Lettings Trends: What Can London Landlords Expect in 2024?

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There’s no doubt that 2023 was challenging for the private rental sector, but looking ahead, landlords have plenty of reasons to be cheerful. 

While no one knows precisely what will happen in 2024, economists believe interest rates and inflation have peaked, and that the economy will continue to rally.  

Here’s an idea of what forecasters predict for the next 12 months*. 


The long-term imbalance between supply and demand in the property market shows no sign of abating. So, the strong levels of demand and high occupancy seen this year look set to continue. Zoopla predicts rental growth of 5% to 6% in 2024 (this year, it nudged 9%).  

Changing search criteria 

As a result of the increased cost of renting, there has been a rise in renters sharing with other people, looking for homes in cheaper areas and looking at smaller properties. The latter is part of a long-term trend. The Resolution Foundation says that over the past two decades, there’s been a 16% reduction in floor space per renter. 

Energy efficiency  

The high cost of heating and powering a home means many tenants are paying closer attention to the energy efficiency of a property – a trend expected to continue into 2024. About 57% of renters say they’d be less likely to look at a property if it had a very poor energy rating (Shawbrook Bank).  


After several rises in interest rates this year, the tide appears to be turning. The Bank of England base rate is currently stable and could fall to 4% by the end of 2024 (Source: Berenberg Bank) and 3% by the end of 2025 (Source: Capital Economics). 

It’s unlikely we’ll see a return to the historic lows we saw a few years ago, but many will welcome the fact that the mortgage market appears to be steadying.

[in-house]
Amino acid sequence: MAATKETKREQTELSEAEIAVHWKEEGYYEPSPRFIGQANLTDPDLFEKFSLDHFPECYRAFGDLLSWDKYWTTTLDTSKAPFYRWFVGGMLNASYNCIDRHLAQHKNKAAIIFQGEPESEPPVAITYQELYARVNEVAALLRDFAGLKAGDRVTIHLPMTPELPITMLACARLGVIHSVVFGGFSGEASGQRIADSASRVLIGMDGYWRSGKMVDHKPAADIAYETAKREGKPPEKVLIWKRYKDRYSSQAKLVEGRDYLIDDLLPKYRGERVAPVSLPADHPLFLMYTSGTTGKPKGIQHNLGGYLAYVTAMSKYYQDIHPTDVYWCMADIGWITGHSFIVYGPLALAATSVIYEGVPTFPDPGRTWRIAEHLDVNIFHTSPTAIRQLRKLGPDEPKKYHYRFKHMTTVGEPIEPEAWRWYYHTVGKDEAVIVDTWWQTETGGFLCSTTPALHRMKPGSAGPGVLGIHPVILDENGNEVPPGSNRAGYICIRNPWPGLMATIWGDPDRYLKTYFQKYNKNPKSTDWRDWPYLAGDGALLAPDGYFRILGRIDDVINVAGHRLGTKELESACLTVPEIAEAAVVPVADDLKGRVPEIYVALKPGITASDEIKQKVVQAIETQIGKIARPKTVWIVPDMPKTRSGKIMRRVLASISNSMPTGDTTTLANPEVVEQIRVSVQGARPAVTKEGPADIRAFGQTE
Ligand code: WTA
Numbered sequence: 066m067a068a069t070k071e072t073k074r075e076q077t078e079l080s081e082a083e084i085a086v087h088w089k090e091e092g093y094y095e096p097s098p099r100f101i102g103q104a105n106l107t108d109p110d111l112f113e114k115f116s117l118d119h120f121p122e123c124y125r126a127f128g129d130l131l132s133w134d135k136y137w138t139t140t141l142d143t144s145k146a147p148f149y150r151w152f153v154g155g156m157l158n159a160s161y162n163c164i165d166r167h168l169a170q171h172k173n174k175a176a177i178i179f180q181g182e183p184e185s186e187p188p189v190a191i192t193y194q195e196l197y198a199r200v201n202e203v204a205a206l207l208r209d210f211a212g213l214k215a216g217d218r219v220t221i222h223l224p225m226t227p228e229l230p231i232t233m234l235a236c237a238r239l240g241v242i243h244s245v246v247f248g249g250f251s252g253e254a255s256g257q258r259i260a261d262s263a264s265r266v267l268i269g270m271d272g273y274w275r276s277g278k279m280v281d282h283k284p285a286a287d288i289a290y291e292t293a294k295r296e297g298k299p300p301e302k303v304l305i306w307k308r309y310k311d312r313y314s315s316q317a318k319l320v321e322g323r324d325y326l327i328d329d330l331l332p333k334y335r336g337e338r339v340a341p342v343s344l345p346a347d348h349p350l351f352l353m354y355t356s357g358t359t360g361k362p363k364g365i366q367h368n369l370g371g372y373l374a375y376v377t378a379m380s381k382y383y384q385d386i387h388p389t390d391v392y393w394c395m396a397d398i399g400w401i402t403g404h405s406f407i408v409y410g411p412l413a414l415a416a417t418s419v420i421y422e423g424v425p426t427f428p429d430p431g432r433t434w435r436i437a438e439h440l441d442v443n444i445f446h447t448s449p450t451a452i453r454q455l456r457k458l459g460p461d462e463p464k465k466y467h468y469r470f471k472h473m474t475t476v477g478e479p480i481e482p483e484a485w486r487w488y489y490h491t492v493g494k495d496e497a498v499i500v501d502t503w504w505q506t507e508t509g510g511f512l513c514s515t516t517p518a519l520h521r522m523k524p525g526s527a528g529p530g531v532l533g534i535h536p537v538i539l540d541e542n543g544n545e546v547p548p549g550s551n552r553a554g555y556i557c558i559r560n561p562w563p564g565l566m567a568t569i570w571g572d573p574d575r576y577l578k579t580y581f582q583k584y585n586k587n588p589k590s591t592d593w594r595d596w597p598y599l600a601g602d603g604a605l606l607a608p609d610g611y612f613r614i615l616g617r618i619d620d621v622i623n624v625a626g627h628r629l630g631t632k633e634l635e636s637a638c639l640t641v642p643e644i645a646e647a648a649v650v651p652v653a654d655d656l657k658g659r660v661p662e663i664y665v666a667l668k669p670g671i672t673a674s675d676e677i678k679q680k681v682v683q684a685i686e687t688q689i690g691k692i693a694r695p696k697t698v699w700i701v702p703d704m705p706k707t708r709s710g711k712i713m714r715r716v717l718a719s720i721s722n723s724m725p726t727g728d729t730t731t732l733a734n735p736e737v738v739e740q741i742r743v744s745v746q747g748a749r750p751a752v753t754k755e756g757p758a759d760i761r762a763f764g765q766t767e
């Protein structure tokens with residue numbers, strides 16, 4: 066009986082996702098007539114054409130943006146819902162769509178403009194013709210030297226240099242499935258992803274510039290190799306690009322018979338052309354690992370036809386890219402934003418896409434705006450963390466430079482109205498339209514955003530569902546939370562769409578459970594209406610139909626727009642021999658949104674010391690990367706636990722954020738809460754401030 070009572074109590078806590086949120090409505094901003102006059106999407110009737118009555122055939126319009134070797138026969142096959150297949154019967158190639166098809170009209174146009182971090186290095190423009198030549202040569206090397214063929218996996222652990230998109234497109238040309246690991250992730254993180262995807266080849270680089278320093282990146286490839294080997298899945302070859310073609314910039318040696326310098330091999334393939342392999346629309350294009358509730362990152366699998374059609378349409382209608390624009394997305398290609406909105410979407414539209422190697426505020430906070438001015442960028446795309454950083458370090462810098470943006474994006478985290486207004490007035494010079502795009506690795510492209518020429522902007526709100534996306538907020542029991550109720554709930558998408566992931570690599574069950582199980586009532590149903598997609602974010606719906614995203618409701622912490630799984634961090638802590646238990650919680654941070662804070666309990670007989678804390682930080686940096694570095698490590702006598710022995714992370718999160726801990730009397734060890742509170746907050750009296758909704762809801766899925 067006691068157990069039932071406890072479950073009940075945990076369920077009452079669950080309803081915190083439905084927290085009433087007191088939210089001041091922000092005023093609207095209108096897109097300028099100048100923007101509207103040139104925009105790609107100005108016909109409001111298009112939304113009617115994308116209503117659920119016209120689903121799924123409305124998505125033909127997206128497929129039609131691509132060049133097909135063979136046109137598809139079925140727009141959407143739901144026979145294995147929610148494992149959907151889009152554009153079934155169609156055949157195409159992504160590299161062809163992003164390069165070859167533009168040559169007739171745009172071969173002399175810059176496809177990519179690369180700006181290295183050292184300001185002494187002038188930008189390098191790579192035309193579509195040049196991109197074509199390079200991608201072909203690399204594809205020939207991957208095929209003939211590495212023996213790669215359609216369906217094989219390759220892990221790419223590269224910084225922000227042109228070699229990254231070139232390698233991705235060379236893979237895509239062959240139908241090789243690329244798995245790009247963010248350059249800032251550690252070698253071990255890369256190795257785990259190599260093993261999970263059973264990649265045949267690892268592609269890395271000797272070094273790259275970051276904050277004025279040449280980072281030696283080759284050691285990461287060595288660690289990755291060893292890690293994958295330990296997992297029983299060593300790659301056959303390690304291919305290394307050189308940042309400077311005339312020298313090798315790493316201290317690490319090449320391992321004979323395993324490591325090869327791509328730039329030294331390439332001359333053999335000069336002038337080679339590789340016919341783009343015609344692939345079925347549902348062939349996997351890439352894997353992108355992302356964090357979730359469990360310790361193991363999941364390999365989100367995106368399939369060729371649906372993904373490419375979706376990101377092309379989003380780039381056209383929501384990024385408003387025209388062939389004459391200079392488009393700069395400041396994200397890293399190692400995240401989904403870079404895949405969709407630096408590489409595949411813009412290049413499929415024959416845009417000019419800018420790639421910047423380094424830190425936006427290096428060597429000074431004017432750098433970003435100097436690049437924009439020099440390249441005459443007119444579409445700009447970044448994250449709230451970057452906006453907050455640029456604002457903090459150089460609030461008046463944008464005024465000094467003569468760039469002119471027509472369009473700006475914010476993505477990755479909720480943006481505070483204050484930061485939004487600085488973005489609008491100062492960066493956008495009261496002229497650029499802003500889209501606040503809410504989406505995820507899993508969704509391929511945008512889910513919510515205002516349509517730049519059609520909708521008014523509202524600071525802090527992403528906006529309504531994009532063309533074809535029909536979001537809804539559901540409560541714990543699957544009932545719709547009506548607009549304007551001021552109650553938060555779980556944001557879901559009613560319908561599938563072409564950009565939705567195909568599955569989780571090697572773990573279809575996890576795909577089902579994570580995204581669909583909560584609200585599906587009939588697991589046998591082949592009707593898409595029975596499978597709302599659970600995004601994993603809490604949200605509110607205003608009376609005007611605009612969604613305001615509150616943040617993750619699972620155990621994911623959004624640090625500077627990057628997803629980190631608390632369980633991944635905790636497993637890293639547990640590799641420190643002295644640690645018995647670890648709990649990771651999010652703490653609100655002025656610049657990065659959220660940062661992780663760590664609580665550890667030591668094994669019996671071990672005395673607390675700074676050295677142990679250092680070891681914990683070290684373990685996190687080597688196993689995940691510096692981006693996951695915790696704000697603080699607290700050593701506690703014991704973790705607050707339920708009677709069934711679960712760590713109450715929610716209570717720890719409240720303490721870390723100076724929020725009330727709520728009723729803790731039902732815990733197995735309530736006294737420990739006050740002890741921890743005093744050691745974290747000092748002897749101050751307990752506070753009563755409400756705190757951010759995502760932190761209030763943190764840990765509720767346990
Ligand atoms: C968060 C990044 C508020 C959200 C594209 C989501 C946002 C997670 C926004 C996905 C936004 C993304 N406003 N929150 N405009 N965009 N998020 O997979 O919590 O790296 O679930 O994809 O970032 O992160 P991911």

Meanwhile, landlords should also expect to enjoy a wide product choice when arranging a mortgage. Back in October 2022 (when we were all reeling from the ‘mini’ budget), there were 1,000 buy-to-let fixed-rate and variable products on the market. A year later, that figure has grown to 2,500 (Source: Moneyfactscompare.co.uk). 


This year, inflation had a noticeable effect on the cost of materials and labour for repairs and renovation. However, change is afoot. Price rises are slowing (inflation was 4.6% in October, down from 6.3% the month before). Number crunchers at the Bank of England expect inflation to be 2% by the end of 2025. 


*None of us has a crystal ball. The figures in this article are predictions, not guarantees. 

This post was written by:

Steven Herd

Steven's extensive 30 years of estate agency experience in London culminated in launching MyLondonHome, which has enabled him to bring together a hand-picked team to provide the high level of quality advice, market strength and service he is renowned for.

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